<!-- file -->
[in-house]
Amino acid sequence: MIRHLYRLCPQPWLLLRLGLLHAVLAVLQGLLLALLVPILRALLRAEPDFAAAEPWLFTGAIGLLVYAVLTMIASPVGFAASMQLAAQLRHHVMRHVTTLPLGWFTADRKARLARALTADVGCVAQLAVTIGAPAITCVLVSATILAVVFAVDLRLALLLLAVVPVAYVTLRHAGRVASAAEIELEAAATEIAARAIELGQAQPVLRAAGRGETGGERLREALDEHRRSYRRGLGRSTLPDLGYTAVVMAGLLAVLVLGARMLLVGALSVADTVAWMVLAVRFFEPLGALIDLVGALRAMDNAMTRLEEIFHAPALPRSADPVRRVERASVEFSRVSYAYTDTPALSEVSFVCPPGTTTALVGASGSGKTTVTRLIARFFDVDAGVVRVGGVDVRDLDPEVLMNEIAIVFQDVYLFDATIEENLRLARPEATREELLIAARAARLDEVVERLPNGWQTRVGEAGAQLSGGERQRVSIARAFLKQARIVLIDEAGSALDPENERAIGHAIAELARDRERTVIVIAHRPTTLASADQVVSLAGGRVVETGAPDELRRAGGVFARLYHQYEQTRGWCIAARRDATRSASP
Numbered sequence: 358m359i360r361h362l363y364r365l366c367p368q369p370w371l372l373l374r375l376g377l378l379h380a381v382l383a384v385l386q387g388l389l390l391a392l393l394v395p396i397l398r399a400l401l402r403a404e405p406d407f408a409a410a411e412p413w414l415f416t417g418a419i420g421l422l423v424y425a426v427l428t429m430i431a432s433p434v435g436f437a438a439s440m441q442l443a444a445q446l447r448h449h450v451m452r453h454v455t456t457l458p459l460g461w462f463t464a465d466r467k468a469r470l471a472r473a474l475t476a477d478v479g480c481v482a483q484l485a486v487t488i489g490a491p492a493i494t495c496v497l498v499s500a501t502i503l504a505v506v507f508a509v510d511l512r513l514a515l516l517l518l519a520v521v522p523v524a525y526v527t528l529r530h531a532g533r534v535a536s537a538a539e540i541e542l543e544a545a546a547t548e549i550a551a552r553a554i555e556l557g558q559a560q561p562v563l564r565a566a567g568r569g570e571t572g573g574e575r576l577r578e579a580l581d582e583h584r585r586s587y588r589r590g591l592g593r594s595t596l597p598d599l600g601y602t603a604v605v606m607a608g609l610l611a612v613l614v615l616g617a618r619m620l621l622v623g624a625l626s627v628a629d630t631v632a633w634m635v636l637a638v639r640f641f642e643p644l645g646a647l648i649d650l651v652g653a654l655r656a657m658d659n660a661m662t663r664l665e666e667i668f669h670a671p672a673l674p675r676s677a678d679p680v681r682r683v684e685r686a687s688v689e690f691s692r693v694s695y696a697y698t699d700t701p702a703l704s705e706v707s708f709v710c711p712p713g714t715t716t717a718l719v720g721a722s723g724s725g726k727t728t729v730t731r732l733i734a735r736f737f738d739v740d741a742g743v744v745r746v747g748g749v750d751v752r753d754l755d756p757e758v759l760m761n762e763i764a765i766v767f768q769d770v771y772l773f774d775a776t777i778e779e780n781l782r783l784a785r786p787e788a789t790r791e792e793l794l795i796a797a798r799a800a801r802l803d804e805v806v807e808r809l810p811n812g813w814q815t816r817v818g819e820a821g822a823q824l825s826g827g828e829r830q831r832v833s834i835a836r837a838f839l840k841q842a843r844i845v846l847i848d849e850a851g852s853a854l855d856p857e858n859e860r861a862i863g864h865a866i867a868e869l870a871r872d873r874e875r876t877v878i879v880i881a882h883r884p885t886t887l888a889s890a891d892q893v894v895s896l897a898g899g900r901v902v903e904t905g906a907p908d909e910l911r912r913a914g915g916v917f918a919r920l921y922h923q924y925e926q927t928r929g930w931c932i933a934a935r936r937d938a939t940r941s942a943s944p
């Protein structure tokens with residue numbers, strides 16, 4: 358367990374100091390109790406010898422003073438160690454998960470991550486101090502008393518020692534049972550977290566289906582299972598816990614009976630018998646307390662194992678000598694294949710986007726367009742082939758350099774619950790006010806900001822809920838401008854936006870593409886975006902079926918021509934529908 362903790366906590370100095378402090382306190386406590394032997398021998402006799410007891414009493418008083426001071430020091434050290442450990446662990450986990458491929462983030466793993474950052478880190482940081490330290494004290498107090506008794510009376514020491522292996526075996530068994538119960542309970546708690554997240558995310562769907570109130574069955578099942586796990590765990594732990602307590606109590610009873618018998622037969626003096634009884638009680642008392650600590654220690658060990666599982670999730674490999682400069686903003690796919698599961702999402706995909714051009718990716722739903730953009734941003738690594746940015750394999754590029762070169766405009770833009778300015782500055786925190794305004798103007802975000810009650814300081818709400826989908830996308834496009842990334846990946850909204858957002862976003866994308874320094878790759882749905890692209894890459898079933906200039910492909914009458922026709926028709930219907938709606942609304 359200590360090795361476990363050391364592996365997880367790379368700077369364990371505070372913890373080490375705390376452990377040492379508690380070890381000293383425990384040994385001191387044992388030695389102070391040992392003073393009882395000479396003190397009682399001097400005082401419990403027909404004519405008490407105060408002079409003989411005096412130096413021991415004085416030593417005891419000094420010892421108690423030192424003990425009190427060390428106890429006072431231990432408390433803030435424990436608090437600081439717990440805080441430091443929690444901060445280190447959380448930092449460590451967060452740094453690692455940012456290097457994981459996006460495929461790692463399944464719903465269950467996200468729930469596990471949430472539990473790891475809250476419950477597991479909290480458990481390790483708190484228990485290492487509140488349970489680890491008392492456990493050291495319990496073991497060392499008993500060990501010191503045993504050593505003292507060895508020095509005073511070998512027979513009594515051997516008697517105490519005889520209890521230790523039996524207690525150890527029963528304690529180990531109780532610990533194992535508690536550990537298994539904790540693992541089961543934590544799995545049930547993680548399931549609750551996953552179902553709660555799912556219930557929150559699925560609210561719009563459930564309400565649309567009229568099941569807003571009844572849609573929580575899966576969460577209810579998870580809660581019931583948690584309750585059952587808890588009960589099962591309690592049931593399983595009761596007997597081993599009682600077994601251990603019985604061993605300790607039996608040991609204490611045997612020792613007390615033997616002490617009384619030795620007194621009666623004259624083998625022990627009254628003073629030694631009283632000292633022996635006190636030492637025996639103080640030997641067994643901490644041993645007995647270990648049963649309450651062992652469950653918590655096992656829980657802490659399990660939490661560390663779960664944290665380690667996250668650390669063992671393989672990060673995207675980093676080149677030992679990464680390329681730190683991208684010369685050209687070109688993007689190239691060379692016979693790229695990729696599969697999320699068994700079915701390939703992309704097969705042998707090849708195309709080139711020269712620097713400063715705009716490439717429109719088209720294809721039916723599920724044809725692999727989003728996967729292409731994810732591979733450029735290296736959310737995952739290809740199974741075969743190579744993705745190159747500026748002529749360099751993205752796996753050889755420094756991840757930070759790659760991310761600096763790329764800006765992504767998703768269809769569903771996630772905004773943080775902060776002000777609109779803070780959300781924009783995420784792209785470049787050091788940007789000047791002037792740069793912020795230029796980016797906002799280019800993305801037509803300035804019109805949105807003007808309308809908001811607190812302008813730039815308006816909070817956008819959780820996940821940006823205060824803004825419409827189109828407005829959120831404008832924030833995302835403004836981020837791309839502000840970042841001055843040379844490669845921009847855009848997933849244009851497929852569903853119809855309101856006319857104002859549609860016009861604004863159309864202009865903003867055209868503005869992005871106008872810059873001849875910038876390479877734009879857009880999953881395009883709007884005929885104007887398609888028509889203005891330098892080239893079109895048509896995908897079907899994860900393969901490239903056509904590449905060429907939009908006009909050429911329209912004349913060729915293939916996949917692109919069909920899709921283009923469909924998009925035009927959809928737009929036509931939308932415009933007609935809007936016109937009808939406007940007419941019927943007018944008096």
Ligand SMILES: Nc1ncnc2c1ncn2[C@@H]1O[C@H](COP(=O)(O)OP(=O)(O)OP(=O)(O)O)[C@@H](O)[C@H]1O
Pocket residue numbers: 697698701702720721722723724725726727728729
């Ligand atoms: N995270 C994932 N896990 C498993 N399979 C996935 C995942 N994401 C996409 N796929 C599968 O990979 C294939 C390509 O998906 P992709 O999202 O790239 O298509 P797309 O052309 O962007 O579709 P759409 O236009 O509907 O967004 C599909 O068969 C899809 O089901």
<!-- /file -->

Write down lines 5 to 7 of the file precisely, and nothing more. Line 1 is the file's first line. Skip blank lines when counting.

Ligand SMILES: Nc1ncnc2c1ncn2[C@@H]1O[C@H](COP(=O)(O)OP(=O)(O)OP(=O)(O)O)[C@@H](O)[C@H]1O
Pocket residue numbers: 697698701702720721722723724725726727728729
């Ligand atoms: N995270 C994932 N896990 C498993 N399979 C996935 C995942 N994401 C996409 N796929 C599968 O990979 C294939 C390509 O998906 P992709 O999202 O790239 O298509 P797309 O052309 O962007 O579709 P759409 O236009 O509907 O967004 C599909 O068969 C899809 O089901």